Review: 2012 Audi Q5 3.2 Quattro Tiptronic

For reasons I can’t understand, small luxury crossover vehicles are very popular in North America. European manufacturers have all but stopped importing wagons to our shores, instead choosing to send us crossover vehicles with higher centers of gravity, less efficient engines, and higher profit margins. Audi’s entry in this segment is the Q5.

I’ve spent a week each in the Volvo XC60, Mercedes-Benz GLK 350, and Land Rover Range Rover Evoque, so I’m fairly familiar with what this class has to offer, having missed only the BMW X3, and perhaps the Acura RDX as competition.

Around the exterior, the Q5’s identity is clearly Audi, with its single-frame grill, LED running lights, and instantly-recognizeable Teutonic styling. Inside, the cabin layout and appearance also follow Audi’s family design values, looking very familiar to me based on time spent over the past year in A5, A6, and A7 models. Materials used in the Q5’s cabin are nice, including the soft-touch dash materials, wood trim on the dash, console and doors, and soft leather, which was a rich-looking Cinnamon Brown hue in the test car.

Despite the Audi’s decidedly German interior design, the wide, flat seats seems to be built for stereotypical American posteriors. The front seats lack meaningful bolstering and have bottom cushions that are a bit too short to be supportive and comfortable. Too, the armrests on the front doors end a bit forward of the door’s rear edge, meaning that when the seat is adjusted rearward for my 6’4” frame to drive, my elbow is too far rearward to reach the armrest. The front doors do have integral pockets and bottle holders, and cup two cup holders are located in the center console. The center console has a small storage bin; there is a sunglass holder in the ceiling console though it was not deep enough for my Ray Bans.

While a relatively tall windshield and tall side windows provide good visibility out front, and large (electrochromatic dimming) exterior mirrors help with rearward visibility when underway, the thick D-pillars and small rear-quarter windows which are mostly blocked by the rear headrests make maneuvering in tight spaces a challenge. Fortunately, the Q5 I tested had a reverse camera as well as front and rear parking sensors. The camera image is displayed on the MMI screen, and was typically quick to boot and open when starting the Q5 and shifting to reverse.

Although the interior is logically laid and gauges are generally clear and legible, I did have a complaint about the speedometer. For some reason, the numerals for 20 and 40 MPH did not align on the speedometer with the actual gauge markings for those speeds. When the needle was centered on the numerals for “20”, the vehicle was acutally traveling 25 MPH, When centered on “40,” the vehicle was actually traveling 45 MPH. By 60 MPH, the numerals do align with the gauge markings. Unfortunately, the speeds between zero and 40 MPH are important ones to be able to read clearly at a glance while driving around town. The speedometer’s numbers go all the way to 180 MPH (which is far beyond the Q5’s capabilities); perhaps the indicated speed would have been clearer if the numbers could have been spaced out a bit on the dial. That complaint aside, instrumentation was otherwise clear and easy to read at a glance. The Q5 has white and red instrument illumination, and all switchgear illuminates in a red which doesn’t seem as legible at night as different colors used by other automakers.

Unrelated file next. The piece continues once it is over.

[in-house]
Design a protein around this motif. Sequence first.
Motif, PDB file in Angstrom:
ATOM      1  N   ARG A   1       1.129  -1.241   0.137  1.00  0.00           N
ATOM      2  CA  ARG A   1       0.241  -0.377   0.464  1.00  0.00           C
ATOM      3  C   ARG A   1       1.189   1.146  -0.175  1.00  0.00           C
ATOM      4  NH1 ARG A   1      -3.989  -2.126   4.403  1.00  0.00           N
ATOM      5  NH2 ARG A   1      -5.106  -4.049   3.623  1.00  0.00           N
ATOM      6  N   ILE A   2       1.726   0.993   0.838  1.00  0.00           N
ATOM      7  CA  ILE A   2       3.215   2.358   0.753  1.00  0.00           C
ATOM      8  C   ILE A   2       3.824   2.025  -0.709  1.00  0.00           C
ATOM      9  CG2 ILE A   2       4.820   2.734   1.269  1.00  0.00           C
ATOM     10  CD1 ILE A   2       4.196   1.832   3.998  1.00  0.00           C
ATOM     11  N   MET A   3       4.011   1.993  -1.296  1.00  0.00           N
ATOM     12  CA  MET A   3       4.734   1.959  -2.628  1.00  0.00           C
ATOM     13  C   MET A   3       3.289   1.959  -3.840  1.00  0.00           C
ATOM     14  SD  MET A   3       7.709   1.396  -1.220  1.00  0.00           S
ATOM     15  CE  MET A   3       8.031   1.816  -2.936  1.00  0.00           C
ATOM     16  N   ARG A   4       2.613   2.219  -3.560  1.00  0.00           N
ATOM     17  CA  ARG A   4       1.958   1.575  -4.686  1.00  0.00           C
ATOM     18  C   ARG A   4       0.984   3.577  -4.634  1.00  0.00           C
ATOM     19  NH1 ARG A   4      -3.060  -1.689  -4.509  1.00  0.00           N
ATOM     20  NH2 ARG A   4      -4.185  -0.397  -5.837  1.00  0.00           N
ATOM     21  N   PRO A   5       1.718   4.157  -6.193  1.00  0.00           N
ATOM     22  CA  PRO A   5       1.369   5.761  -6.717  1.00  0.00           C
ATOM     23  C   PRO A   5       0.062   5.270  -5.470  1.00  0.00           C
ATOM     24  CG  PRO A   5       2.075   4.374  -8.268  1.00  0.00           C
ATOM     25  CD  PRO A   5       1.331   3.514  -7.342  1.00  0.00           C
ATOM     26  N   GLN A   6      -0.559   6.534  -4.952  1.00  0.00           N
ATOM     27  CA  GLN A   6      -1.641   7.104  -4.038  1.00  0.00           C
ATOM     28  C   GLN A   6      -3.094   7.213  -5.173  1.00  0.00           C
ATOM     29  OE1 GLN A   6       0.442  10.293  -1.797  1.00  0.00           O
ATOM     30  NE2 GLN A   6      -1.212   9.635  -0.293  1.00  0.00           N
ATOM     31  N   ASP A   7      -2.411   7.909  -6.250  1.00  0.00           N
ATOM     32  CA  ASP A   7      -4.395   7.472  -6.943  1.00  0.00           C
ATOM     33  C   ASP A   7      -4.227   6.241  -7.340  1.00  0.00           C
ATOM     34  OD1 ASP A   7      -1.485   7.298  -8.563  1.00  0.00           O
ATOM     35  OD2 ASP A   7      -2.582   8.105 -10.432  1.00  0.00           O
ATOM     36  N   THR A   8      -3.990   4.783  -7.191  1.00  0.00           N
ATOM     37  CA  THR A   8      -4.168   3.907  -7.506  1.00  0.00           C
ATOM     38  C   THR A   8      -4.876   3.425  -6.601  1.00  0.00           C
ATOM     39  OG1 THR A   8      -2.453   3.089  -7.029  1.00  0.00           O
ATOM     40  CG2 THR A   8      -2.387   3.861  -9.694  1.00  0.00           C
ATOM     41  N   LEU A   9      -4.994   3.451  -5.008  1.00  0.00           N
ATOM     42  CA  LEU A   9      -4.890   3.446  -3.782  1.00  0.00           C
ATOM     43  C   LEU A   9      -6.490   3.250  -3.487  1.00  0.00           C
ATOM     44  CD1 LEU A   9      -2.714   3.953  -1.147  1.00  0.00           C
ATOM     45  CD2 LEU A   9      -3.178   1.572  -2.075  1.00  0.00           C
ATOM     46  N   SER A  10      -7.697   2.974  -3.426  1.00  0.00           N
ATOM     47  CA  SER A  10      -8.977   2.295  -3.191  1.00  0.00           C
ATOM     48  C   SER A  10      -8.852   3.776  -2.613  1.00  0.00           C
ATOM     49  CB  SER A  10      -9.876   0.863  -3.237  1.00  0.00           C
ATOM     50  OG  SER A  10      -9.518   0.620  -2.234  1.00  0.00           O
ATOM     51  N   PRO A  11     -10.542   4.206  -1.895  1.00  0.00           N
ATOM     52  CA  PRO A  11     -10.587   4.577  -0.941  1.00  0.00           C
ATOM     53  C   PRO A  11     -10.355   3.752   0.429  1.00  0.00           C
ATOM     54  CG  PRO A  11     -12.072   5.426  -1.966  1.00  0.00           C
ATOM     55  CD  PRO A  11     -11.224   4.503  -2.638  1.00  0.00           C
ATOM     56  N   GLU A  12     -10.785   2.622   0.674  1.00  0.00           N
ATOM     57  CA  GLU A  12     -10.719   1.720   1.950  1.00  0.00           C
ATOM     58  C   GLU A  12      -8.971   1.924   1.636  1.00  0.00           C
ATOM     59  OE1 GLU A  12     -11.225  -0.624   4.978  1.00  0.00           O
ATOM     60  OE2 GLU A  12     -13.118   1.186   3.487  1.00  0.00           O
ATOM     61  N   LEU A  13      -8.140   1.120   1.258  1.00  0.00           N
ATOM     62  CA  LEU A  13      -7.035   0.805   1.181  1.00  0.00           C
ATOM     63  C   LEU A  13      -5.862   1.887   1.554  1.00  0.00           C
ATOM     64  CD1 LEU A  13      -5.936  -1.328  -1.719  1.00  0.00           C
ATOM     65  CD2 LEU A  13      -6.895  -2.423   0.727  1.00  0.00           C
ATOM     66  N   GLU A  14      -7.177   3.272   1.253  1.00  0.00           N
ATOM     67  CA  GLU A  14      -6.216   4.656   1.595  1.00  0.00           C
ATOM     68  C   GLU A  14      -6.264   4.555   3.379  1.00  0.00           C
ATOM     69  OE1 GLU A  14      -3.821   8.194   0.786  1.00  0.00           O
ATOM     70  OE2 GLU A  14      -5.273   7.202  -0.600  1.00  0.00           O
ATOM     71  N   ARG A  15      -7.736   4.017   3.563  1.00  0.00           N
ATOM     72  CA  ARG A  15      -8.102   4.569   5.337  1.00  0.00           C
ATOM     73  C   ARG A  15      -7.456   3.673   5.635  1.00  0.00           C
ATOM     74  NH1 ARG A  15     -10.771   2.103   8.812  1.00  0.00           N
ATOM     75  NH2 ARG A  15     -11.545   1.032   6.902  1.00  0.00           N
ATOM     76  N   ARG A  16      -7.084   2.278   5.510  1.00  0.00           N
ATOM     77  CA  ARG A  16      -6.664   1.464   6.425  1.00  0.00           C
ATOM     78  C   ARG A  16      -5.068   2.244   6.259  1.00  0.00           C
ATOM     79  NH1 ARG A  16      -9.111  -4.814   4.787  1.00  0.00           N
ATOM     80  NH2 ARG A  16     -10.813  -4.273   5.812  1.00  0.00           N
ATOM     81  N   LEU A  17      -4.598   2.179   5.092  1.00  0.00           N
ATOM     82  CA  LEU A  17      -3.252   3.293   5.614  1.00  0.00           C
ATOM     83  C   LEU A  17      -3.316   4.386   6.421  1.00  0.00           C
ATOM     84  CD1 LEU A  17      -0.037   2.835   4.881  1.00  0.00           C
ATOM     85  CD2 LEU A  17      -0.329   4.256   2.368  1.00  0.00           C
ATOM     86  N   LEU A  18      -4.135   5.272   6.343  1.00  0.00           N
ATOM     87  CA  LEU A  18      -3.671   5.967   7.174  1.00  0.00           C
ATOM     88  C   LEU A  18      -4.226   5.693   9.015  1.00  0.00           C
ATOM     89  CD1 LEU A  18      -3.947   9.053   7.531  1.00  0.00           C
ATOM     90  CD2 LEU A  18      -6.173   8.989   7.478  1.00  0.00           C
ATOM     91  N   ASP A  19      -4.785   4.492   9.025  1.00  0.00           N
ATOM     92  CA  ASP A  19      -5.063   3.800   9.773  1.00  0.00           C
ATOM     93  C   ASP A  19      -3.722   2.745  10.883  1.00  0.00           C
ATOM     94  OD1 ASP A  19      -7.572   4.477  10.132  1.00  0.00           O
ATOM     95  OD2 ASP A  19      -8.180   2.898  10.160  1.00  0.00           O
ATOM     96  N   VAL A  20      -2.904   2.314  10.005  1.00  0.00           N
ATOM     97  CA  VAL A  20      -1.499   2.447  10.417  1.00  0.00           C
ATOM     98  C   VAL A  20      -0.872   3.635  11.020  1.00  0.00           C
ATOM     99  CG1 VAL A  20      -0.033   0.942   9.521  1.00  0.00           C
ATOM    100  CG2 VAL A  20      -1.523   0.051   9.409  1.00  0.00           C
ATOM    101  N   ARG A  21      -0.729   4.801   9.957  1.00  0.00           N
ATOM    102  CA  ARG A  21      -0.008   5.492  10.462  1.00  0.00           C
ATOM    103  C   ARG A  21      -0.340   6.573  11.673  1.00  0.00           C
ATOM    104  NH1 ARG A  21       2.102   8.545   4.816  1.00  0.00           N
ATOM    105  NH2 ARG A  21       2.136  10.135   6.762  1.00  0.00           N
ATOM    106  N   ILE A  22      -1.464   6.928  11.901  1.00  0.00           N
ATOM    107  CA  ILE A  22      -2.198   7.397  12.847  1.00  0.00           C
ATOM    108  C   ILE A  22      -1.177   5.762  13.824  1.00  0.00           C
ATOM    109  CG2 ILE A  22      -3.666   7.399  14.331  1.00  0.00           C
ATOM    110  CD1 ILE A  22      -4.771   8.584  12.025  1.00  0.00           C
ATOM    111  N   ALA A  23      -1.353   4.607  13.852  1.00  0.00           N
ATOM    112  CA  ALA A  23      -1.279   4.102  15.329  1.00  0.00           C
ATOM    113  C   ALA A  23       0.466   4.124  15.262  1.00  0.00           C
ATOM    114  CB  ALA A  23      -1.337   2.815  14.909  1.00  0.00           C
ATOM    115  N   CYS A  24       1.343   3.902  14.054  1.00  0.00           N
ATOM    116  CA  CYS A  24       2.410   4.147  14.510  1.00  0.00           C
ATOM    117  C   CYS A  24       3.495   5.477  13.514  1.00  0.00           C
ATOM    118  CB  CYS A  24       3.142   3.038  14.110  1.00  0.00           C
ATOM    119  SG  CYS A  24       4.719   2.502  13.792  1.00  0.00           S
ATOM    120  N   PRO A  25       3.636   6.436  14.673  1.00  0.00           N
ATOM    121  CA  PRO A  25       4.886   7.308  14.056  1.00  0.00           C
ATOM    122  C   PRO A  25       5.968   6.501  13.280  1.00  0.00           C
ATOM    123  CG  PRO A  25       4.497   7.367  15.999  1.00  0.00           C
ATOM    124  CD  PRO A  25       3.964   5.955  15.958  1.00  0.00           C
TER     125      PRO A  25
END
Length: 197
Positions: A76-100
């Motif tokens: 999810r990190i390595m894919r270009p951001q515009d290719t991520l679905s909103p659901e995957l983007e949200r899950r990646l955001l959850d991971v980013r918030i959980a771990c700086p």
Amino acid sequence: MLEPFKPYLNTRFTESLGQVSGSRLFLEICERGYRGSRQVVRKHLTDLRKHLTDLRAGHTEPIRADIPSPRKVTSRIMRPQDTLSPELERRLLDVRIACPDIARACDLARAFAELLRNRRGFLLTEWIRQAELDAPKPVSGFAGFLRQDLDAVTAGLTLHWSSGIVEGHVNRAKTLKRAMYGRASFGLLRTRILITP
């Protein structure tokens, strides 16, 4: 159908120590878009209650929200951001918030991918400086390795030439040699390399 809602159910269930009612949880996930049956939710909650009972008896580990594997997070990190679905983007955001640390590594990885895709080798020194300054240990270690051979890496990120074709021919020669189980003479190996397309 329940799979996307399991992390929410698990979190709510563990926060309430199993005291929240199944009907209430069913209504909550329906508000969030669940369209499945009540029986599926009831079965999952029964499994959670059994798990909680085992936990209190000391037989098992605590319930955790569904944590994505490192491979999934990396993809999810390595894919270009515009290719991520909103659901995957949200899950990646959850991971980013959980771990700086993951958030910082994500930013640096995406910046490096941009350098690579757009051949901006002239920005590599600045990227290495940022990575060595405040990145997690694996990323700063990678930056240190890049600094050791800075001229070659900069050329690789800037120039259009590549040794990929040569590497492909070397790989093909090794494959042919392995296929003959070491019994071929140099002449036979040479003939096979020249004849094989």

Rear seats are comfortably high off the floor and have adequate legroom. The seats slide fore/aft in a 60/40 split, though even in their rear-most position there is not much legroom, at least not when the driver’s seat is adjusted for my 6’4” frame to drive. The seatbacks fold forward in a 60/40 split as well, with a center pass-through also available. If the rear seats have been slid forward, they leave a gap at the forward edge of the cargo floor which would allow cargo to fall behind or below the rear seats. The back seats do have adjustable backrest rake, and there are two cupholders in the center armrest plus bottle pockets in the rear doors and net pockets on the front seatbacks. Because the panoramic sunroof’s opening panel opens outside of the car, rear seat headroom is expansive.

The cargo area employs a rigid cover that can be removed to expand height in the boot. I was actually able to fit my bike in the back, after removing the bike’s seat and front wheel, utilizing the pass-through so that my children could still ride in the back seat; I was pleasantly surprised that I was able to make that work.

The Q5’s primary tail lamps are located on the wide tailgate, and are pointing at the sky when the tailgate is open. For that reason (to comply with traffic laws, knowing that people must sometimes drive with the hatch open), there is a duplicate set of taillamps in the back bumper that operate only when the tailgate is open. In the name of a thorough review, I started the Q5 in my driveway and put on the lights and and a turn signal, and then went out back and opened the hatch; when the tailgate started to open, the lights on the hatch went out and corresponding ones in the bumper started working. It seems like a lot of extra effort to implement that lighting just for when the hatch is open, though it did work well.